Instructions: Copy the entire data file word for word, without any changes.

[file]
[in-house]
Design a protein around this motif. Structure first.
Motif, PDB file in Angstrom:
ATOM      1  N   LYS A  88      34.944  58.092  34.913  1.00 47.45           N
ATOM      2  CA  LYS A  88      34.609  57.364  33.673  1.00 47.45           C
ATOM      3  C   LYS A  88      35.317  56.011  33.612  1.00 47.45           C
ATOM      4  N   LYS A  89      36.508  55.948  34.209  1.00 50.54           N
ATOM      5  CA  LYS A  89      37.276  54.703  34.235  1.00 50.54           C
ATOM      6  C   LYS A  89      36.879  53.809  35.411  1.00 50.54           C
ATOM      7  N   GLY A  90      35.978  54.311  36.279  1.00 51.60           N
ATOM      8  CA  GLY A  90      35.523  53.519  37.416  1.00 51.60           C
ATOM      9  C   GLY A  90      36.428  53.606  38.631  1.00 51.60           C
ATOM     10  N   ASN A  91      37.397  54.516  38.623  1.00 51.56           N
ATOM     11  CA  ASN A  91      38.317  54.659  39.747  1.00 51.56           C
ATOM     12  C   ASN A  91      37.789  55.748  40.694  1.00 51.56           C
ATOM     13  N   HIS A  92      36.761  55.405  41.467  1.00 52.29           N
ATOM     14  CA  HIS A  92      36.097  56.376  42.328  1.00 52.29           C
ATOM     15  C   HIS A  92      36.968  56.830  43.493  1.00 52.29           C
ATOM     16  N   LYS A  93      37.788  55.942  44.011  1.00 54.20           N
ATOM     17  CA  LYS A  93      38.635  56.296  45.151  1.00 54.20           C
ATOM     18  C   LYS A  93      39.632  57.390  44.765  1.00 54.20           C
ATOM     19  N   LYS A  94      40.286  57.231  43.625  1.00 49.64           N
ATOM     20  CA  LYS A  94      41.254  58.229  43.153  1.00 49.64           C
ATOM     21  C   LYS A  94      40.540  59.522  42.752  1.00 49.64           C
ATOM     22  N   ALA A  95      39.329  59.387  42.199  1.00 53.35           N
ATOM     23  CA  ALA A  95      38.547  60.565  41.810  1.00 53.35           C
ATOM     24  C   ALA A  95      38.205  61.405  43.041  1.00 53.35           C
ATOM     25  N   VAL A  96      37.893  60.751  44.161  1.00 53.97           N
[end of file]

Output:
[in-house]
Design a protein around this motif. Structure first.
Motif, PDB file in Angstrom:
ATOM      1  N   LYS A  88      34.944  58.092  34.913  1.00 47.45           N
ATOM      2  CA  LYS A  88      34.609  57.364  33.673  1.00 47.45           C
ATOM      3  C   LYS A  88      35.317  56.011  33.612  1.00 47.45           C
ATOM      4  N   LYS A  89      36.508  55.948  34.209  1.00 50.54           N
ATOM      5  CA  LYS A  89      37.276  54.703  34.235  1.00 50.54           C
ATOM      6  C   LYS A  89      36.879  53.809  35.411  1.00 50.54           C
ATOM      7  N   GLY A  90      35.978  54.311  36.279  1.00 51.60           N
ATOM      8  CA  GLY A  90      35.523  53.519  37.416  1.00 51.60           C
ATOM      9  C   GLY A  90      36.428  53.606  38.631  1.00 51.60           C
ATOM     10  N   ASN A  91      37.397  54.516  38.623  1.00 51.56           N
ATOM     11  CA  ASN A  91      38.317  54.659  39.747  1.00 51.56           C
ATOM     12  C   ASN A  91      37.789  55.748  40.694  1.00 51.56           C
ATOM     13  N   HIS A  92      36.761  55.405  41.467  1.00 52.29           N
ATOM     14  CA  HIS A  92      36.097  56.376  42.328  1.00 52.29           C
ATOM     15  C   HIS A  92      36.968  56.830  43.493  1.00 52.29           C
ATOM     16  N   LYS A  93      37.788  55.942  44.011  1.00 54.20           N
ATOM     17  CA  LYS A  93      38.635  56.296  45.151  1.00 54.20           C
ATOM     18  C   LYS A  93      39.632  57.390  44.765  1.00 54.20           C
ATOM     19  N   LYS A  94      40.286  57.231  43.625  1.00 49.64           N
ATOM     20  CA  LYS A  94      41.254  58.229  43.153  1.00 49.64           C
ATOM     21  C   LYS A  94      40.540  59.522  42.752  1.00 49.64           C
ATOM     22  N   ALA A  95      39.329  59.387  42.199  1.00 53.35           N
ATOM     23  CA  ALA A  95      38.547  60.565  41.810  1.00 53.35           C
ATOM     24  C   ALA A  95      38.205  61.405  43.041  1.00 53.35           C
ATOM     25  N   VAL A  96      37.893  60.751  44.161  1.00 53.97           N